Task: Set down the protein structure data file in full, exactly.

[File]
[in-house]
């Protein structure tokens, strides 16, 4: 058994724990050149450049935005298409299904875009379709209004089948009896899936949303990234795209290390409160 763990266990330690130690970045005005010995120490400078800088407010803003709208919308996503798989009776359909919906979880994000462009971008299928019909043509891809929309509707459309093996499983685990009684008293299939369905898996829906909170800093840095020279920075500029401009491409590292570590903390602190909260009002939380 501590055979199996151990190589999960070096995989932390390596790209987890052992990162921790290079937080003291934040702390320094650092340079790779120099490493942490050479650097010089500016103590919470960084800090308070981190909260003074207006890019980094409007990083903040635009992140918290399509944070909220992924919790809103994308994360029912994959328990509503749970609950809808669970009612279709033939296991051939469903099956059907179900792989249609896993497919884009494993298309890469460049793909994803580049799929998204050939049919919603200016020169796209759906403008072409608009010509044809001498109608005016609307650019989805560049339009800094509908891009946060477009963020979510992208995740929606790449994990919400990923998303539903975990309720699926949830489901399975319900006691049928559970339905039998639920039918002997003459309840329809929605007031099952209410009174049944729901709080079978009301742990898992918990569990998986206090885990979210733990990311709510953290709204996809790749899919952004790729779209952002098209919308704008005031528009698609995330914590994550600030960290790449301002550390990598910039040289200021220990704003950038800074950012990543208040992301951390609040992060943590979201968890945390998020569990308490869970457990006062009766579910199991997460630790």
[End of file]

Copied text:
[in-house]
């Protein structure tokens, strides 16, 4: 058994724990050149450049935005298409299904875009379709209004089948009896899936949303990234795209290390409160 763990266990330690130690970045005005010995120490400078800088407010803003709208919308996503798989009776359909919906979880994000462009971008299928019909043509891809929309509707459309093996499983685990009684008293299939369905898996829906909170800093840095020279920075500029401009491409590292570590903390602190909260009002939380 501590055979199996151990190589999960070096995989932390390596790209987890052992990162921790290079937080003291934040702390320094650092340079790779120099490493942490050479650097010089500016103590919470960084800090308070981190909260003074207006890019980094409007990083903040635009992140918290399509944070909220992924919790809103994308994360029912994959328990509503749970609950809808669970009612279709033939296991051939469903099956059907179900792989249609896993497919884009494993298309890469460049793909994803580049799929998204050939049919919603200016020169796209759906403008072409608009010509044809001498109608005016609307650019989805560049339009800094509908891009946060477009963020979510992208995740929606790449994990919400990923998303539903975990309720699926949830489901399975319900006691049928559970339905039998639920039918002997003459309840329809929605007031099952209410009174049944729901709080079978009301742990898992918990569990998986206090885990979210733990990311709510953290709204996809790749899919952004790729779209952002098209919308704008005031528009698609995330914590994550600030960290790449301002550390990598910039040289200021220990704003950038800074950012990543208040992301951390609040992060943590979201968890945390998020569990308490869970457990006062009766579910199991997460630790």